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Mandaviya, top execs to speak at Mint Healthcare Summit today

NEW DELHI : Union health minister Mansukh L. Mandaviya will lead a galaxy of thought leaders, healthcare honchos, investors and independent experts at Wednesday’s Mint Healthcare Summit, the seventh edition in the series. While the cabinet minister will deliver the keynote address, the rest of the day will be packed with brainstorming sessions, including panel discussions and fireside chats.

The summit will see a wide variety of subjects being deliberated, and several top-notch speakers from different arms of the industry laying out their challenges and growth strategies for the sector that has been growing at a swift pace despite challenges.

 

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Mint Healthcare Summit

Technology being a critical component in the modern healthcare system, the event will see industry stalwart Vishal Bali, executive chairman of AH Holdings, hold forth on how advanced technology can be leveraged to scale for the benefit of patients and other stakeholders in the larger healthcare ecosystem. Also taking ahead the technology aspect will be a panel of healthtech founders and chief executives (CEOs) who will discuss cost-cutting and scaling-up imperatives. Even as healthtech companies have reached some degree of scale and reach, they have funding issues emblematic of what the larger startup ecosystem is facing. Their sustenance and growth to enable greater reach is critical for India’s healthcare infrastructure.

Insurance is a key element of any modern healthcare ecosystem; in India, it is not as widespread as it should be, and out-of-pocket expenses are high. Debating the insurance challenges, and how technology and digitalization are the way forward for the industry, would be top representatives of companies, including Niva Bupa Health Insurance, Canara HSBC Life Insurance and Insurance Samadhan. Providing a tech-startup angle will be Mayank Gupta, a co-founder of Zopper.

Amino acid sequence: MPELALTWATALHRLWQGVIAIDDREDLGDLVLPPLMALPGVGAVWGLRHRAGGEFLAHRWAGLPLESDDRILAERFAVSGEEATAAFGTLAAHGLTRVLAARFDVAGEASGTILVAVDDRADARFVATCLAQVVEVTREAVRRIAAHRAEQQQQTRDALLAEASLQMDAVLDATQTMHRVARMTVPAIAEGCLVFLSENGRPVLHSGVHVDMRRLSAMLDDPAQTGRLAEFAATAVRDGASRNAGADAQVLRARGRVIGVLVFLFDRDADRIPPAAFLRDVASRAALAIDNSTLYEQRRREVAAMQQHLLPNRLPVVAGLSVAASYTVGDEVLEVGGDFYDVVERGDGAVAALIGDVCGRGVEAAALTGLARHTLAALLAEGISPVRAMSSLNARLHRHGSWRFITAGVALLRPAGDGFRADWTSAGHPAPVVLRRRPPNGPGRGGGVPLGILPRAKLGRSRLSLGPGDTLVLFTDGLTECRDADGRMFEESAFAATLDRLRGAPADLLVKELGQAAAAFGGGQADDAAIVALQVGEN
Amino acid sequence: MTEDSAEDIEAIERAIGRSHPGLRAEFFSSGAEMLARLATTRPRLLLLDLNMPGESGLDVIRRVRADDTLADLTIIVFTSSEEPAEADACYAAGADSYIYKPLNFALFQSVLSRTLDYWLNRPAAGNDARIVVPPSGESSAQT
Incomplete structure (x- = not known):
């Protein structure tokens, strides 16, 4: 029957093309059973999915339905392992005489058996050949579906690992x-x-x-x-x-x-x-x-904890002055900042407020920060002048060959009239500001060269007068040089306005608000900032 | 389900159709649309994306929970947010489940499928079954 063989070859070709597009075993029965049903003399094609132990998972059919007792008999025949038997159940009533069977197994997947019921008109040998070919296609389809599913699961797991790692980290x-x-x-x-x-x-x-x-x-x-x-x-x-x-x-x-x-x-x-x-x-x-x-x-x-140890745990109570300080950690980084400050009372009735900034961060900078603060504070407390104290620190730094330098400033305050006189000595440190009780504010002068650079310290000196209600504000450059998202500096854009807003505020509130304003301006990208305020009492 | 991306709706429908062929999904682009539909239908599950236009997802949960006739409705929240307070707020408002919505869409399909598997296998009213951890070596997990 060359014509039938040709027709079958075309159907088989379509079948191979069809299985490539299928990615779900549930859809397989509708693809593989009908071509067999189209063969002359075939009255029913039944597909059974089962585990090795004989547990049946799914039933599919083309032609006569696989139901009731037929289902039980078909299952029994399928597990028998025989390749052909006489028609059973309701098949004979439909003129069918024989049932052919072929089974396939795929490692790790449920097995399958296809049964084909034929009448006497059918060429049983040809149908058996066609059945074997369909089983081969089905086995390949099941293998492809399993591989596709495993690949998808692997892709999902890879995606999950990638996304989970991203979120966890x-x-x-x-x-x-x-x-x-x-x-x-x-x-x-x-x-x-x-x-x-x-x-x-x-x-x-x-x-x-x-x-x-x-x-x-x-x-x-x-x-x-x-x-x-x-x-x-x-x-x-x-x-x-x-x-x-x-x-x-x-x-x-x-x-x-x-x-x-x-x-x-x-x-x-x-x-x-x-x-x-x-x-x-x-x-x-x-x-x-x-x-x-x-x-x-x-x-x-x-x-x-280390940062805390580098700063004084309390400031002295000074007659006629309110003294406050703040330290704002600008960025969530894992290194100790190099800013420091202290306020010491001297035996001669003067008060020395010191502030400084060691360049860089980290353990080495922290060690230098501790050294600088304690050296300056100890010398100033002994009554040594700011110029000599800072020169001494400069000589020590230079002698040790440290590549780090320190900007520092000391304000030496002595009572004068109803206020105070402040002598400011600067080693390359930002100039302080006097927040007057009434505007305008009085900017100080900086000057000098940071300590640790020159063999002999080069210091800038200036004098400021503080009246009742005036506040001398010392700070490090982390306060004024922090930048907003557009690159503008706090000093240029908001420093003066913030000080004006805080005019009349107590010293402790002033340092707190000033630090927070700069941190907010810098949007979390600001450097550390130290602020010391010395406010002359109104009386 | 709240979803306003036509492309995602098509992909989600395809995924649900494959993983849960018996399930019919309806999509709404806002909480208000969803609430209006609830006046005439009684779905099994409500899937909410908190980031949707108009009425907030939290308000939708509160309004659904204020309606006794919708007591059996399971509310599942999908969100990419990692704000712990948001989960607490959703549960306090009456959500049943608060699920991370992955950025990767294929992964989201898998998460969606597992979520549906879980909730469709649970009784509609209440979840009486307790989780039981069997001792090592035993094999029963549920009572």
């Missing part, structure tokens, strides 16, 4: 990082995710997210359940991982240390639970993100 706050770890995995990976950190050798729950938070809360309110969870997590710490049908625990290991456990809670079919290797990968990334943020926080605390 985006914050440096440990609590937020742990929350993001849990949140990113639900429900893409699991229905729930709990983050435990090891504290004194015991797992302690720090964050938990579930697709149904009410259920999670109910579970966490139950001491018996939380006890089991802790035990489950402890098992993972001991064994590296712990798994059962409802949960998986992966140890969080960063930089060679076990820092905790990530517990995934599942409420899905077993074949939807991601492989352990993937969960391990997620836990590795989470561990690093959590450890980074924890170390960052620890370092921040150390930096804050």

Another key session will be a chat with Dr. Kaushal K. Verma, dean (research), AIIMS, on how well the institution, and India as a country, are prepared to deal with exigencies such as the covid-19 pandemic. There were many lessons that the black swan event taught the healthcare fraternity, and how well those lessons have been imbibed and translated into best practices will be the focus of this discussion.

Specialized healthcare chains, focused on key therapeutic areas, are a relatively recent phenomenon in India. From eyecare to home healthcare and critical illness therapies such as for cancer, India has seen a surge in institutions catering to these. Just how such therapeutic chains fit into the healthcare narrative of India, the challenges they face, and how they could be more efficient, will be the focus of a panel discussion of CEOs later in the day. A fireside chat with Dr. Upasana Arora, CEO and managing director, Yashoda Super Speciality Hospital, will add to the specialization flavour.

India’s healthcare industry has been expanding at a fast rate, at an estimated compounded annual growth rate (CAGR) of between 16% and 22%. The market’s valuation has more than quadrupled from $86 billion in 2016 to over $350 billion in 2023. By 2025, it is expected to cross $600 billion in size.

The industry also provides millions of jobs—4.7 million as per a Niti Aayog estimate—making it the fifth-largest employer in India. The industry is expected to add more than 500,000 jobs every year.

Healthcare in India took on a decidedly ugly face during the two years of the covid-19 pandemic, especially during the first two waves, before vaccines were ready. A shortage of beds, doctors, nurses and oxygen crippled the system.

The battle took a toll not only on patients but also on doctors and nurses, and managers of India’s hospitals. Since then, things have improved, and India handled the third and fourth waves of covid-19 very well, with the vaccination programme proving effective.

Several challenges remain. A population of 1.4 billion, a large chunk of whom are poor and cannot afford to pay for healthcare or even medical insurance, is at the crux of the problem.

A well-meaning but overwhelmed public healthcare infrastructure, not only in villages and small towns, but even in large cities and metros, has made healthcare access on time difficult. Technology, and tech-enabled startups, have begun to make a difference, but much more is needed in terms of investments and infra build-up.

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Updated: 28 Nov 2023, 11:57 PM IST

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